Our research shows that wealth taxes were often emergency taxes used in times of major economic crises. Against this backdrop, the recent COVID-19 crisis and the strong economic downturn in many countries around the world due to lockdown measures might make the re-introduction of net wealth taxes much more likely.Dr Julian Limberg
16 December 2021
Are we about to see the return of wealth taxes?
The COVID-19 pandemic and the resulting economic downturn could herald the return of wealth taxes, according to a new study.
Governments around the world have historically turned to taxes on net wealth in times of national crises and the social and economic fallouts prompted by the pandemic make a return to taxation on the wealthiest “much more likely”.
The findings of the study, co-authored by Dr Julian Limberg, from King’s College London, and Dr Laura Seelkopf, from the University of St Gallen, were revealed in the Journal of European Public Policy.
The academics said: “Although redistribution and reducing inequality are at the heart of today’s discussions about wealth taxation, fiscal imperatives in times of economic crises have historically prevailed. Expanding tax progressivity was a by-product, but not the main goal of wealth taxation.
“Mostly, where they have been introduced, we found that wealth taxes have been reactions to economic shocks and accompanying fiscal problem pressure.”
As part of the study, Dr Limberg and Dr Seelkopf analysed the history of taxation from 45 countries and traced the origins of the net wealth tax back almost 150 years. However, unlike income tax, inheritance tax or corporation tax, wealth taxes have not been universally adopted by nations, with some – like the UK and US – never having adopted a tax on net wealth.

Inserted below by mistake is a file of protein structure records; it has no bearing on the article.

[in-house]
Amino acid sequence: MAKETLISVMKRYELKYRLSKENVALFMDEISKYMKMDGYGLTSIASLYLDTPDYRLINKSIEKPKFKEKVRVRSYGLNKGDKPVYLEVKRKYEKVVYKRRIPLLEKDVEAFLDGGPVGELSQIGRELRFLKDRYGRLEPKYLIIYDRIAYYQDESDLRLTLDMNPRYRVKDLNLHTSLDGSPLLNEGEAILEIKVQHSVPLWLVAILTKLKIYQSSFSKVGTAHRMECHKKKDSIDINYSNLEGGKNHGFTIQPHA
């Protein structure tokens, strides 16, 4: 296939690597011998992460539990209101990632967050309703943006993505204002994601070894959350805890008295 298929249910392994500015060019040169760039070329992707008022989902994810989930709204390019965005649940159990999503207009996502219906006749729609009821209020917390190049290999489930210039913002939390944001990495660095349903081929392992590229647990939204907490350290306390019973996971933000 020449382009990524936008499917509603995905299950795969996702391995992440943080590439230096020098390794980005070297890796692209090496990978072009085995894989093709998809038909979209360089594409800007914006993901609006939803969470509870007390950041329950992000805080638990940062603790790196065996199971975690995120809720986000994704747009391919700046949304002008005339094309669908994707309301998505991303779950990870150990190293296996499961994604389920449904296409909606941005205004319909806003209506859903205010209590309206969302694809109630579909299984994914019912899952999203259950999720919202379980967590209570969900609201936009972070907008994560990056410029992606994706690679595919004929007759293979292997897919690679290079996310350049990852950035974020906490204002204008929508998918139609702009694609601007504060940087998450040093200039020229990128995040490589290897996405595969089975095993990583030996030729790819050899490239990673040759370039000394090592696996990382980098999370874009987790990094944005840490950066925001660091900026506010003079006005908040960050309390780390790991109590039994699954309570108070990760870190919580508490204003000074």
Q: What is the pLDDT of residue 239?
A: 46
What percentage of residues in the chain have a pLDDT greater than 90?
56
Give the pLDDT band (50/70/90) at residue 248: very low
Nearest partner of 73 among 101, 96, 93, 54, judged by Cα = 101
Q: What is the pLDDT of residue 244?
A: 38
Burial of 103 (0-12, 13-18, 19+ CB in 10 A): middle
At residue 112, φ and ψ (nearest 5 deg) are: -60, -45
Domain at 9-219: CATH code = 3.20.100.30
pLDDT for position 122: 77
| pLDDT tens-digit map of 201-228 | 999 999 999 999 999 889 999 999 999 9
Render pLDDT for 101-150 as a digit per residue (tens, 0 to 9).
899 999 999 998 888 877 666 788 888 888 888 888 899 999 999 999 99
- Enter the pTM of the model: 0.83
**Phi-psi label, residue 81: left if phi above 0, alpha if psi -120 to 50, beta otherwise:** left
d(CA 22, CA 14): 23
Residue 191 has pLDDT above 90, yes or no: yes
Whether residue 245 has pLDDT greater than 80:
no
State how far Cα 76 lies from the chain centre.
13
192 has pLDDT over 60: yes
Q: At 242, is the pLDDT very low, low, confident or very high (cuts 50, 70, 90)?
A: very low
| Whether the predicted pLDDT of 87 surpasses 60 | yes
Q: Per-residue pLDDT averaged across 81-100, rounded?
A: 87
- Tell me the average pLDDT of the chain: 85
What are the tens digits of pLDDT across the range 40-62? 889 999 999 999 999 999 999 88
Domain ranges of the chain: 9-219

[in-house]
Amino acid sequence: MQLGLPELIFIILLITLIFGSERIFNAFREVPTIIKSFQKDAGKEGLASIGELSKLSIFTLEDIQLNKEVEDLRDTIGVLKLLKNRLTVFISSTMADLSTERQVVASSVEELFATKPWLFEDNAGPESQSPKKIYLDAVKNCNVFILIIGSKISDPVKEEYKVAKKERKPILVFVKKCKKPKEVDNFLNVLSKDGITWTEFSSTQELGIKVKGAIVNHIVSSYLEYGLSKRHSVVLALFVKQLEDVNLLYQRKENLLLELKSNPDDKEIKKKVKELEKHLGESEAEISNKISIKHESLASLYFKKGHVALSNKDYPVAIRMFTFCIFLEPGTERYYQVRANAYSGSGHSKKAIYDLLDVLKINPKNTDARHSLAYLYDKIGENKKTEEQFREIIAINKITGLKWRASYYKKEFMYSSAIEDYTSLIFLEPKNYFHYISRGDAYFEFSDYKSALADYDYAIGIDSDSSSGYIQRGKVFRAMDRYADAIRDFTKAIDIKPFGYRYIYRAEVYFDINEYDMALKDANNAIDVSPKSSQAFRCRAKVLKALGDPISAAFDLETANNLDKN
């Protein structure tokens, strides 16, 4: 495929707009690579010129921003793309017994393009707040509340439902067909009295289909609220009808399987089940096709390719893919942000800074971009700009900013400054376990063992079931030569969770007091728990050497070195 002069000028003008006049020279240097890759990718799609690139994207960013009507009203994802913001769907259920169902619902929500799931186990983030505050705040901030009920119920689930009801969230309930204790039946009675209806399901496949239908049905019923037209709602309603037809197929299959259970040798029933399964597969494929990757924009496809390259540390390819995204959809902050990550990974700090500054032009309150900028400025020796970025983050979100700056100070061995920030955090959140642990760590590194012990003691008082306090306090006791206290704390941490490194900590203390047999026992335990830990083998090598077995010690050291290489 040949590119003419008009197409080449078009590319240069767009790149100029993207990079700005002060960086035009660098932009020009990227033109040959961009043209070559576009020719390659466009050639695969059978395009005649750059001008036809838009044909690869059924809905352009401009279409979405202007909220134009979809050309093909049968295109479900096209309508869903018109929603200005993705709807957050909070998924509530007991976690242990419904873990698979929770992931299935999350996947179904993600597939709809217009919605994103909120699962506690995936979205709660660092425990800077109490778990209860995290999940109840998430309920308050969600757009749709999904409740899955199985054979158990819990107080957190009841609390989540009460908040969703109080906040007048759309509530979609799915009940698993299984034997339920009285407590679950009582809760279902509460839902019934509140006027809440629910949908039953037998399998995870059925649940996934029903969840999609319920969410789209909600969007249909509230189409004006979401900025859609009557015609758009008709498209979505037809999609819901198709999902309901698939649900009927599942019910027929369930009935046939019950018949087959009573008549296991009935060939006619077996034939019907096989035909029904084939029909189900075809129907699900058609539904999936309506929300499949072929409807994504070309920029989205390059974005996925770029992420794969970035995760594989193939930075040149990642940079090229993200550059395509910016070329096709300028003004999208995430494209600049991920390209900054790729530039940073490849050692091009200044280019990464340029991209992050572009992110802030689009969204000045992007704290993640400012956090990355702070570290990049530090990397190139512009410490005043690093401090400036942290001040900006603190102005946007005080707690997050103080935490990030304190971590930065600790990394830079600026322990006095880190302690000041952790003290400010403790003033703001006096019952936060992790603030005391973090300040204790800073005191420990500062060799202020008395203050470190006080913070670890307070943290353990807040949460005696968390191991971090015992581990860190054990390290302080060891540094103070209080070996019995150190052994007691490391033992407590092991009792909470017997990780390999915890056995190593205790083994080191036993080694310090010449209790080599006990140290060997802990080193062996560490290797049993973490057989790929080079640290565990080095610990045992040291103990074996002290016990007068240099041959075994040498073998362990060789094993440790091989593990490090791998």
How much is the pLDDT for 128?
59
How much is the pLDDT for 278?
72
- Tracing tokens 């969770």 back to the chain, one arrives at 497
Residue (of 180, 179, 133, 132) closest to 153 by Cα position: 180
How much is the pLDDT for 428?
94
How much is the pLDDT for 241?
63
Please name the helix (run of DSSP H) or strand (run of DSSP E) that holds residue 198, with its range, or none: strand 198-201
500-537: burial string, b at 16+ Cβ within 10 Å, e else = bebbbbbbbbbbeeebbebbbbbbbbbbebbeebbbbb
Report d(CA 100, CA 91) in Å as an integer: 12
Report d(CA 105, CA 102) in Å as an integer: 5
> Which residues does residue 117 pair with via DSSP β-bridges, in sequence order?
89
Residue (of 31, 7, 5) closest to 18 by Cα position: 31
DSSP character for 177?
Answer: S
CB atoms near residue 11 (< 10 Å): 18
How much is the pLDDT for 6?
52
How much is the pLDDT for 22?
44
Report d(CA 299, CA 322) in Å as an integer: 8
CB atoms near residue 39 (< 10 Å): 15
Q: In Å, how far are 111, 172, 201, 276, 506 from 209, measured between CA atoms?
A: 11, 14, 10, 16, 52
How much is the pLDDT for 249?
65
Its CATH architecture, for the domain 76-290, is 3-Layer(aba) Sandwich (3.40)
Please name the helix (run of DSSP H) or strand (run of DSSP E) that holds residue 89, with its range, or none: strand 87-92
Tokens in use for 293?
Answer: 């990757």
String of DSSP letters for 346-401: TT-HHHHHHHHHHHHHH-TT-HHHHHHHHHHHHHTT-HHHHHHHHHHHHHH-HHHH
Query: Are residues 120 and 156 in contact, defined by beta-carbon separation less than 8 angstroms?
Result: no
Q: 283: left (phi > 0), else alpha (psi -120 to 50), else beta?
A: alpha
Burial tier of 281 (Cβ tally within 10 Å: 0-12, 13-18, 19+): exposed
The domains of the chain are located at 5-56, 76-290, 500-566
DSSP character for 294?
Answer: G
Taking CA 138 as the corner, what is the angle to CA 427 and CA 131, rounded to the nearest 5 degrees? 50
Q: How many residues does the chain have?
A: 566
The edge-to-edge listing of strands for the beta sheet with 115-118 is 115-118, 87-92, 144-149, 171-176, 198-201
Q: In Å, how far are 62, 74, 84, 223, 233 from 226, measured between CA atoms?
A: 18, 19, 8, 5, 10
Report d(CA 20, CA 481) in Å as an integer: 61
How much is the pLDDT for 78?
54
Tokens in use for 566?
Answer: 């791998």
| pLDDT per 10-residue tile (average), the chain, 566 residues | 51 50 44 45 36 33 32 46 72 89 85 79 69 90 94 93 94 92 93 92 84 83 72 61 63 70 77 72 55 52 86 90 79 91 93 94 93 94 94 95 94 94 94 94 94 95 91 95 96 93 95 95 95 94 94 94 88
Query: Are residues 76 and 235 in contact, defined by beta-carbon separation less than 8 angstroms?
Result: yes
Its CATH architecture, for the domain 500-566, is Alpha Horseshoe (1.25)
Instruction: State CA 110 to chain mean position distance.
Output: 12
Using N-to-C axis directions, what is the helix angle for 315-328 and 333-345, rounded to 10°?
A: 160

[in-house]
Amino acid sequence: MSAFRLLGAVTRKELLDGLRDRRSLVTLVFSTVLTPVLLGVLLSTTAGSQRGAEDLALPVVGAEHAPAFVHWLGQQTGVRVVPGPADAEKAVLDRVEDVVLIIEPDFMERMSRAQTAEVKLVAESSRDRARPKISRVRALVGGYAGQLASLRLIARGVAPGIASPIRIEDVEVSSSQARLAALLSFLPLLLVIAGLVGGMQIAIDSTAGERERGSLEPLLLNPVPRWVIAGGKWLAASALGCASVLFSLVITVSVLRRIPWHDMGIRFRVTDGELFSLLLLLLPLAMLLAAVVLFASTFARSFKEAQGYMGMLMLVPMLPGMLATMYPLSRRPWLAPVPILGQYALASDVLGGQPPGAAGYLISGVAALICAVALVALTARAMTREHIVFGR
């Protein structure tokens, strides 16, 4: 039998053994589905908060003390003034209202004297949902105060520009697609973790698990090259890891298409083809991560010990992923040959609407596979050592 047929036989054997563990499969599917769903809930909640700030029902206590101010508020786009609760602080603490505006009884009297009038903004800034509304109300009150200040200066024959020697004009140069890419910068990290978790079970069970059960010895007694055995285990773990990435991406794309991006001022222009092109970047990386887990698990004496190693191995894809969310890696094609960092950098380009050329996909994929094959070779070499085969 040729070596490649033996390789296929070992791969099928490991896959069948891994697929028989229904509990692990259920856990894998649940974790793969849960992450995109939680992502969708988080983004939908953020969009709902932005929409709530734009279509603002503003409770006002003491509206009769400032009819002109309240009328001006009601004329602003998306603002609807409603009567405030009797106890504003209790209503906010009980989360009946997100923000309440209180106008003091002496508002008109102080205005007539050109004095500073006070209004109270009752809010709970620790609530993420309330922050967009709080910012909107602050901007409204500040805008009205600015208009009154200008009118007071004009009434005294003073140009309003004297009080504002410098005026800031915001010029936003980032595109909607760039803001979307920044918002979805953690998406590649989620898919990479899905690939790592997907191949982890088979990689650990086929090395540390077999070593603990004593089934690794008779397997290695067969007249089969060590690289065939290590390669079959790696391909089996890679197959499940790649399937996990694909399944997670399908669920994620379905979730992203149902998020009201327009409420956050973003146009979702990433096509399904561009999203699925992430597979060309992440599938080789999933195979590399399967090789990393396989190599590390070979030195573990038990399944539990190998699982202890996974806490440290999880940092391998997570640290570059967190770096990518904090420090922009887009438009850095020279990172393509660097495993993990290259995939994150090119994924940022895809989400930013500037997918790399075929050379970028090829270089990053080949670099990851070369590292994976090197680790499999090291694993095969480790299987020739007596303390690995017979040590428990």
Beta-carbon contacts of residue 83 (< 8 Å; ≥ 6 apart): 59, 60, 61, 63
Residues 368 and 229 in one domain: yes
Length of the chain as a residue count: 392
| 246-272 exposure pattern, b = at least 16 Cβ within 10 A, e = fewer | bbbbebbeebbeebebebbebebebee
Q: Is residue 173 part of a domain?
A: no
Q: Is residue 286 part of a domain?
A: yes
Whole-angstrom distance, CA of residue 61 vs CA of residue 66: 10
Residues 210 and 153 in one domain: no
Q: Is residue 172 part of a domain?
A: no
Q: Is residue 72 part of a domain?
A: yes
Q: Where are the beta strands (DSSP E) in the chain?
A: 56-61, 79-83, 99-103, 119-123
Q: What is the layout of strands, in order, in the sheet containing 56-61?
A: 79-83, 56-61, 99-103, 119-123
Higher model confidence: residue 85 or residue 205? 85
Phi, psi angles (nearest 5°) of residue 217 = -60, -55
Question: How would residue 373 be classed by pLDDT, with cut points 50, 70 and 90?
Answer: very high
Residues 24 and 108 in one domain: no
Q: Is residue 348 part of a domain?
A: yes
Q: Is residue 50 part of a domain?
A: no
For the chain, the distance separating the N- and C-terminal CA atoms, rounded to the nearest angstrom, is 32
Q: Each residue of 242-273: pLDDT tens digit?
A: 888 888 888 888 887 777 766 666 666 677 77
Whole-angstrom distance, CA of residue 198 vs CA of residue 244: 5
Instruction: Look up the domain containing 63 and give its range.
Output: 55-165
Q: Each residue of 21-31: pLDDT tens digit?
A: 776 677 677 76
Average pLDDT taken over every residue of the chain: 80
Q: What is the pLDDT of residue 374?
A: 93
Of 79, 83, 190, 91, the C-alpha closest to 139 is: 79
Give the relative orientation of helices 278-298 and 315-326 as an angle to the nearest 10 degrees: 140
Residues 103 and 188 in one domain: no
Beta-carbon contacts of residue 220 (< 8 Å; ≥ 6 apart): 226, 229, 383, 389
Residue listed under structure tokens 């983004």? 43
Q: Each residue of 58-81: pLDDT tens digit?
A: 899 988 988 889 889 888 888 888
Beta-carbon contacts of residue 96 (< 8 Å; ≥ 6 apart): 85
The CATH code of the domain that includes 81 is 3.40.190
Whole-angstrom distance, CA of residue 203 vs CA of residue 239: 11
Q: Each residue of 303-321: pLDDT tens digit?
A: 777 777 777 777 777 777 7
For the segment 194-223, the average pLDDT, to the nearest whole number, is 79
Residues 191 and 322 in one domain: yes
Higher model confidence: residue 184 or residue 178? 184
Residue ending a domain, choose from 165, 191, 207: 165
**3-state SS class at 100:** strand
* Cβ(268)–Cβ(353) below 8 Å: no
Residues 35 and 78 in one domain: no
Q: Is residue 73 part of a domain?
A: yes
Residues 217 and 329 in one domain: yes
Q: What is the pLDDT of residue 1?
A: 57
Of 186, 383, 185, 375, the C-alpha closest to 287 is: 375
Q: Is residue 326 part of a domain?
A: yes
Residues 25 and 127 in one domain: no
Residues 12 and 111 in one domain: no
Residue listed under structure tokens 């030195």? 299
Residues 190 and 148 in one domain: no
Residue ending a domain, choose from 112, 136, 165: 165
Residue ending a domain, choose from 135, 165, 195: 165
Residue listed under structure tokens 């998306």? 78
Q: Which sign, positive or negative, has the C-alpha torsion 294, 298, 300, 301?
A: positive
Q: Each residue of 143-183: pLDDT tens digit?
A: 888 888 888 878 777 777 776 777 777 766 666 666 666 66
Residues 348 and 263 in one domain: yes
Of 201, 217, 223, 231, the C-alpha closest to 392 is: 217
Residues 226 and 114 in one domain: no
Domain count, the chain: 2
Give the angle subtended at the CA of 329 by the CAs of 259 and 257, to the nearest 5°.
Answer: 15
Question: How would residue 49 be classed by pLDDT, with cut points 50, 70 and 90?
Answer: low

The academics found that the outbreak of war had a slight effect on the likelihood of a wealth tax being introduced but it was economic shocks in the form of major recessions that were the primary drivers.
The academics added: “Our research shows that wealth taxes were often emergency taxes used in times of major economic crises. Against this backdrop, the recent COVID-19 crisis and the strong economic downturn in many countries around the world due to lockdown measures might make the re-introduction of net wealth taxes much more likely.
“And, just like previous crises, wealth taxes that are levied as crisis measures could remain in place long after the pandemic shock has been overcome – turning emergency taxes into long-term government fiscal policy tools as many other times before in history.”
You can read the paper in full here.